Professor Visvesh Sathe joined the University of Washington Department of Electrical Engineering in 2013. Prior to joining the faculty at the University of Washington, he served as a Member of Technical Staff in the Low-Power Advanced Development Group at AMD, where his research focused on inventing and developing new technologies for next-generation microprocessors. Dr. Sathe has led the research and development effort at AMD that resulted in the first-ever resonant clocked commercial microprocessor. In addition, several of his other inventions have been adopted for use in future-generation microprocessors. His doctoral thesis was selected as the best dissertation in EECS for 2007 and was nominated for the Rackham Graduate School Distinguished Dissertation Award at the University of Michigan. He is a member of the Technical Program Committees of the Custom Integrated Circuits Conference and the International Symposium on Quality Electronic Design.
William Anthony Smith | William joined the University of Washington in June 2011. He received the B.S. degree in Electrical Engineering from The University of Texas at Austin and the M.S. degree from the University of Utah under Reid Harrison. His M.S. thesis discussed the robust transmission of data transcutaneously through inductively coupled links. He has held industry positions at Advanced Micro Devices and Spansion. During the Ph.D., his primary research focus has been on the development of high-density electrocorticography sensor systems for use in Brain-Computer Interfaces.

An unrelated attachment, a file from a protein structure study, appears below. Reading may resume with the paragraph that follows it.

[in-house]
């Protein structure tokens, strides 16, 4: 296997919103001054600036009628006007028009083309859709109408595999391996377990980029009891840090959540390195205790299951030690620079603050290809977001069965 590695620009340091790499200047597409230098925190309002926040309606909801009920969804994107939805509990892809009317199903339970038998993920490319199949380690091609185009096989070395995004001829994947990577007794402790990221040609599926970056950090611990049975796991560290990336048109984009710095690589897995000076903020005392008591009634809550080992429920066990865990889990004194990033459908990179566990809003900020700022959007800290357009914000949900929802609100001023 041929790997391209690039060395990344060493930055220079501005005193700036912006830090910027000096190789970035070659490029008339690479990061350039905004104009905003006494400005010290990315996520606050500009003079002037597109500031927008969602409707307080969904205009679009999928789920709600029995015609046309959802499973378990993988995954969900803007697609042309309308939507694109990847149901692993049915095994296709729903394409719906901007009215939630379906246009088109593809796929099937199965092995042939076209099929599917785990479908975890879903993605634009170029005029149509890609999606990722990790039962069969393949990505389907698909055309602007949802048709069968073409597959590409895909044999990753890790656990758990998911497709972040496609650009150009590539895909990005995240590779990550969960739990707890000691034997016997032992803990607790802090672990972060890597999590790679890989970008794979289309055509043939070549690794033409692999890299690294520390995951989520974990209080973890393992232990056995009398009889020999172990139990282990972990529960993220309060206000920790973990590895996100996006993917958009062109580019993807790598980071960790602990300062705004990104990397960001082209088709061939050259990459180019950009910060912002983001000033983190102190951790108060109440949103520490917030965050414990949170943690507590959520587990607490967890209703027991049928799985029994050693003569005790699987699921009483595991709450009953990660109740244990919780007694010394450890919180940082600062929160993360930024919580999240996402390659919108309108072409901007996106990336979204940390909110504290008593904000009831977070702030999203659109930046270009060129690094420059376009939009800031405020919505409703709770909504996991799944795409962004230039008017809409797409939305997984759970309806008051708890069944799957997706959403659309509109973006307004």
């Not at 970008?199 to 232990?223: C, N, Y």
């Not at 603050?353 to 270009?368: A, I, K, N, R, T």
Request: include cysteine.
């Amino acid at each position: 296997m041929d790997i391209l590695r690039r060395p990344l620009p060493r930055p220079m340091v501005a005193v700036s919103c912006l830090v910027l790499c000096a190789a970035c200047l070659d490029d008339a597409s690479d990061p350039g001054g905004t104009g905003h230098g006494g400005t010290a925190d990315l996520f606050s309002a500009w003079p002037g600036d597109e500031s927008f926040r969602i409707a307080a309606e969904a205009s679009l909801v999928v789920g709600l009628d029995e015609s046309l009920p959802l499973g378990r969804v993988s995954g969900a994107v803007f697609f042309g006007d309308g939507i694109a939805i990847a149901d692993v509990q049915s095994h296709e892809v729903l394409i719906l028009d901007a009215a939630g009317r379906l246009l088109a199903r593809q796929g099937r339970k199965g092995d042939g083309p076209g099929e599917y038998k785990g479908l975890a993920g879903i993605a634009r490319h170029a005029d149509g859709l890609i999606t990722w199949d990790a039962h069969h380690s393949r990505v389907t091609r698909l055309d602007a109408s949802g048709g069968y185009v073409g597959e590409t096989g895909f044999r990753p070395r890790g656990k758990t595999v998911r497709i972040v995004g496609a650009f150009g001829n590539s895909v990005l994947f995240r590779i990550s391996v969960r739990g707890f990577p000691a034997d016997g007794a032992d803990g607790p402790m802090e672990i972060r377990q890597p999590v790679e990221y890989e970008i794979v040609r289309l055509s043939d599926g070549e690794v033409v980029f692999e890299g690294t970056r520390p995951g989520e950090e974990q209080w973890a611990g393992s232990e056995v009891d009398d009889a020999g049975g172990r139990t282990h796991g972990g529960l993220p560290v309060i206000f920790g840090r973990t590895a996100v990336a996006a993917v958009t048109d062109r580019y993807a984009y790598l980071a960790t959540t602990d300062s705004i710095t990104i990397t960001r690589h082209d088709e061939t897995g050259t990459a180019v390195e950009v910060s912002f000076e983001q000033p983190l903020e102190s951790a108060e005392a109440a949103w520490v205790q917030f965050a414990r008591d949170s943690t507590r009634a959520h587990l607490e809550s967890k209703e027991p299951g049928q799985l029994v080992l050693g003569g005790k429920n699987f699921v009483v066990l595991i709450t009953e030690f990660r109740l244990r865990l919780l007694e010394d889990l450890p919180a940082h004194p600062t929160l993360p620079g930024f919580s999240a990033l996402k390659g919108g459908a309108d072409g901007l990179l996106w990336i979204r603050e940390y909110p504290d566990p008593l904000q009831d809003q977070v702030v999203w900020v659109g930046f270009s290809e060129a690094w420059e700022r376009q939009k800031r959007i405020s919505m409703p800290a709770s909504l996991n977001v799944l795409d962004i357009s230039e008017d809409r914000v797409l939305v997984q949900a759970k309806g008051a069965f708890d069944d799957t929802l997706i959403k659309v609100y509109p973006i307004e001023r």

Fahim ur Rahman | Fahim received his BSc in Electrical Engineering from Bangladesh University of Engineering and Technology (BUET) in 2013, where he subsequently served as a lecturer. His research interests are in understanding quantum mechanical effects in small-scale devices, and the efficient design of low power systems. In his free time, Fahim enjoys table-tennis and soccer.
Sung Min Kim | Sung joined Visvesh Sathe’s group in 2015, after receiving the B.S. in Electrical Engineering from the University of Washington. He is broadly interested in leveraging ideas across computer architecture, VLSI, circuits, and algorithms to develop more capable and efficient hardware systems. Sung is currently working on hardware acceleration for machine learning and computer vision.
Bin Yu | Bin received a B.S. degree in Electrical Engineering from the University of Washington in 2015. He joins the group as a Master student in Fall 2015. His current research interests include the brain-computer interface, machine learning hardware and low-power biomedical integrated circuits.
Hamilton Sanchez (Undergraduate; now at Micron Technology Inc.)